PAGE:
Restoring iPod touch after forgotten passcode
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Q: I forgot my passcode to my iPod touch. I have a bunch of texts and Kik messages and everything on there pending up as we speak. I also have like 3,000-4,000 pictures on it and really don’t want to have to re-download all my apps and try to rebuild my library of pictures. Also I have songs on there and I don’t have any iTunes money left so I can’t re-download them. Please help.
A: Unfortunately, the only easy and reliable way to reset the passcode on an iPod touch or other iOS device is to perform a complete restore of the device, which will wipe everything on it. Connecting your iPod touch to your original iTunes library will reset any disabled passcode counter, allowing you to make additional passcode attempts, but it will not bypass the passcode.
The good news, however, is that as long as you have a backup of your iPod touch in iTunes or iCloud, you can restore that backup onto your device after you’ve erased it, thereby allowing you to basically pick up where you left off. Restoring from backup will recover all of your data and settings except for the device passcode, which you will be prompted to re-enter. You may also need to re-enter some passwords for things like e-mail accounts or Wi-Fi networks as these are secured by the device passcode, and thereby lost if you can’t remember your original passcode.
Note that even if you haven’t already made a recent backup of your device, you can still make one even with the device locked provided you still have your primary iTunes library available—usually the iTunes library and computer that you originally setup your iPod touch with. To do this, simply plug in your iPod touch, right-click on it in the Devices listing in iTunes, and choose the Back Up option from the context menu that appears.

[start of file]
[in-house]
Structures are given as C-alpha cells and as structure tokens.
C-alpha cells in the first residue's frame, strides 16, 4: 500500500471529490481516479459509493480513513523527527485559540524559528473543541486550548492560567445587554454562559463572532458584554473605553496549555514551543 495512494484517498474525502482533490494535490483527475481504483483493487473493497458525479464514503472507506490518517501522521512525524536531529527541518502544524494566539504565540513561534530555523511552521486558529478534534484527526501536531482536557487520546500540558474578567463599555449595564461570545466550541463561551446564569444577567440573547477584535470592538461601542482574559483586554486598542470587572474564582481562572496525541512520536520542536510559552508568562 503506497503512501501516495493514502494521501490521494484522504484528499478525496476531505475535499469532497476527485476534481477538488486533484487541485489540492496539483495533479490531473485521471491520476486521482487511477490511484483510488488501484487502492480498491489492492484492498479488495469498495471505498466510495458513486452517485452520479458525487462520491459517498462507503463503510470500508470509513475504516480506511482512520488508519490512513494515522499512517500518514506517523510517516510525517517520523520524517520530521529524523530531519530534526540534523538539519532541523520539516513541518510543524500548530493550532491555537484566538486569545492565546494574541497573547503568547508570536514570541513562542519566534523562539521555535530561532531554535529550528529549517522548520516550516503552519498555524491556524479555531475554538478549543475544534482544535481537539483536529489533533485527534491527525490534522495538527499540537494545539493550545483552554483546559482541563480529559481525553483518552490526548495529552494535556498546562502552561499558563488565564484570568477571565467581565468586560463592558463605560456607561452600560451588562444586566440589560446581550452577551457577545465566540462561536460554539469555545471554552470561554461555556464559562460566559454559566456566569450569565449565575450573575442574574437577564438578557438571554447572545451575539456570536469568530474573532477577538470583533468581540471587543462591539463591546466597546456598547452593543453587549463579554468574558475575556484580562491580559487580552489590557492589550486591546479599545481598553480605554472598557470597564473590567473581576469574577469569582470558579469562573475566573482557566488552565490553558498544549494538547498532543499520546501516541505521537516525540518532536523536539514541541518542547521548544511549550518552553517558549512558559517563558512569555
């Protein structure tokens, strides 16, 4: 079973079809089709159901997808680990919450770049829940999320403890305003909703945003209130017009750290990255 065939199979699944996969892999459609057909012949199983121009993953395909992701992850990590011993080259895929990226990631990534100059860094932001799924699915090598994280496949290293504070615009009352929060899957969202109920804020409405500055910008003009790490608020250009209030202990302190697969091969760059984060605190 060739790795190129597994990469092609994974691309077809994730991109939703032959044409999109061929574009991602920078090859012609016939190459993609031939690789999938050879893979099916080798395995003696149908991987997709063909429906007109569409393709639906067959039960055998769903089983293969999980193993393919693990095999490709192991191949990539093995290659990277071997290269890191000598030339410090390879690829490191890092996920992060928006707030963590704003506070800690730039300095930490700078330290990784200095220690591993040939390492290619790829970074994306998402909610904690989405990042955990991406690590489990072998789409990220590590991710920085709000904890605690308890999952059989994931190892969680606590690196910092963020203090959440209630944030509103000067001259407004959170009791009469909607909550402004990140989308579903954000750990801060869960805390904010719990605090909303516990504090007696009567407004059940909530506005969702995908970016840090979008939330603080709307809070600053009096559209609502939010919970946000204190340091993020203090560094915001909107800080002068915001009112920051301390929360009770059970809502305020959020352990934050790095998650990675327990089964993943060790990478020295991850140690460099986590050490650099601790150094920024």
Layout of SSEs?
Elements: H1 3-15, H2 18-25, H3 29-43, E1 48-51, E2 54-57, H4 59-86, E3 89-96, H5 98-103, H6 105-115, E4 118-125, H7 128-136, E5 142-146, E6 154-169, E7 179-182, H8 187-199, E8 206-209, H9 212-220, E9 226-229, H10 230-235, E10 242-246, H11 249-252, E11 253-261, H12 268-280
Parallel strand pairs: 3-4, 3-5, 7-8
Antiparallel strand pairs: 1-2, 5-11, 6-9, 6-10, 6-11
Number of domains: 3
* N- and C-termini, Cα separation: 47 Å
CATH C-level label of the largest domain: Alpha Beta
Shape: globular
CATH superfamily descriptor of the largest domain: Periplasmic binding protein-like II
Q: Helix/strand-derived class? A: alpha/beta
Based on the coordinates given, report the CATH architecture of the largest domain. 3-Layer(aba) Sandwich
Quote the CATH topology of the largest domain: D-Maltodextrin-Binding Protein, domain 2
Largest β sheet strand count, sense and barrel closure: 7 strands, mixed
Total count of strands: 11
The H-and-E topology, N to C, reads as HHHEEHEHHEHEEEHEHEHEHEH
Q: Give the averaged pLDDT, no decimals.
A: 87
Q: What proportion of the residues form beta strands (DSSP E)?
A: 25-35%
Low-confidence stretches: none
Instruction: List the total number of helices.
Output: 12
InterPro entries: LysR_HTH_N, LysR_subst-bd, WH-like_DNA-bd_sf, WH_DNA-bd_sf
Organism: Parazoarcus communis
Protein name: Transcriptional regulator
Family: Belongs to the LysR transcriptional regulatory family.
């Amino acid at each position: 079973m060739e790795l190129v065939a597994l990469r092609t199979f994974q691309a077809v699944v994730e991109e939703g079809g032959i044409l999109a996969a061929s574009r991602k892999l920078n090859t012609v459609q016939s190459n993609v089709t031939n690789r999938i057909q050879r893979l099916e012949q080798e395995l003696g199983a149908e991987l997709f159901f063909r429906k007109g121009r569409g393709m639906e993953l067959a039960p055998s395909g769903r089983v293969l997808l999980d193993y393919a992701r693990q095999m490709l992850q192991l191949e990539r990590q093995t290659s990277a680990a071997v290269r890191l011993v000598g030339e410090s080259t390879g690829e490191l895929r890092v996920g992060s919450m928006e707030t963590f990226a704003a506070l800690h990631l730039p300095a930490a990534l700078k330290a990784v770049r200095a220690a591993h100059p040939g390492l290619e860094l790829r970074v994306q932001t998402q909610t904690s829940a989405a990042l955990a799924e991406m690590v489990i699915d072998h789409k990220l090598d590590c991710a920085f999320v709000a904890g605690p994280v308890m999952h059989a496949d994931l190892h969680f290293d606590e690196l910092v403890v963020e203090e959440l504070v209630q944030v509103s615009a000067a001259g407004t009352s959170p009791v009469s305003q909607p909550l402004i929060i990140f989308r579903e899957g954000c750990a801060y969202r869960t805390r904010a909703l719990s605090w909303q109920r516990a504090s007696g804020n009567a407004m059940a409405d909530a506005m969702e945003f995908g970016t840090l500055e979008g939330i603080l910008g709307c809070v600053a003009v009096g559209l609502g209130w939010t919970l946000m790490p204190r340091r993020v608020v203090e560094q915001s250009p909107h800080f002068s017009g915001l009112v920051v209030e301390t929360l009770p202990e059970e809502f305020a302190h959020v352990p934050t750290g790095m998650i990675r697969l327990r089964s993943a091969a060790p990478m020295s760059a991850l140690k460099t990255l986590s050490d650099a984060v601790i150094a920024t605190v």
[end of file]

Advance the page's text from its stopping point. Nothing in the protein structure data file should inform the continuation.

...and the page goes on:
This can be done even if you normally backup your device to iCloud in order to make an additional backup to your computer, and is probably a good idea just to make sure you have an extra backup.
You can also confirm that you have a current backup by going into your iTunes preferences and selecting the Devices section, which will show a list of all of the iOS device backups stored in the current iTunes library along with a date and time of when each backup was made. See Identifying iOS Device Backups for more information.
In addition, you should also ensure that any purchased content—media and apps—have been transferred from your device to your iTunes library by selecting the Transfer Purchases option in the same context menu. The backups made by iTunes do not normally include your purchased media or apps as these are assumed to be in your iTunes library and will normally be restored from there.
Once you’ve confirmed that you have a current backup, you can restore your device simply by selecting it in iTunes, going to the Summary screen, and clicking the Restore button.
This will erase everything on your device, reinstalling the latest version of iOS in the process. Following this, your iPod touch will reboot and iTunes will ask you whether you want to set your iPod touch up as a new device, or restore it from your last backup.
Simply choose the restore from backup option, being sure to select the correct backup from your device in the drop-down menu, and iTunes will restore your device to its previous state. Note that this normally occurs in two separate steps: the actual application data and settings are restored from the iTunes backup after which your iPod touch will reboot and begin synchronizing any media content and apps that were previously on your device. When the process finishes, your device should be exactly as it was when you made the backup, minus the passcode lock.
Note also that even if you are not able to recover your purchased music from your iPod touch before restoring it, you will not need to re-purchase this content from the iTunes Store—you can re-download it from iTunes in the Cloud simply by going to the “Purchased” section of the iTunes Store on your computer or your iPod touch, which will show a list of all of the content you’ve previously purchased and allow you to re-download any of it again for free.
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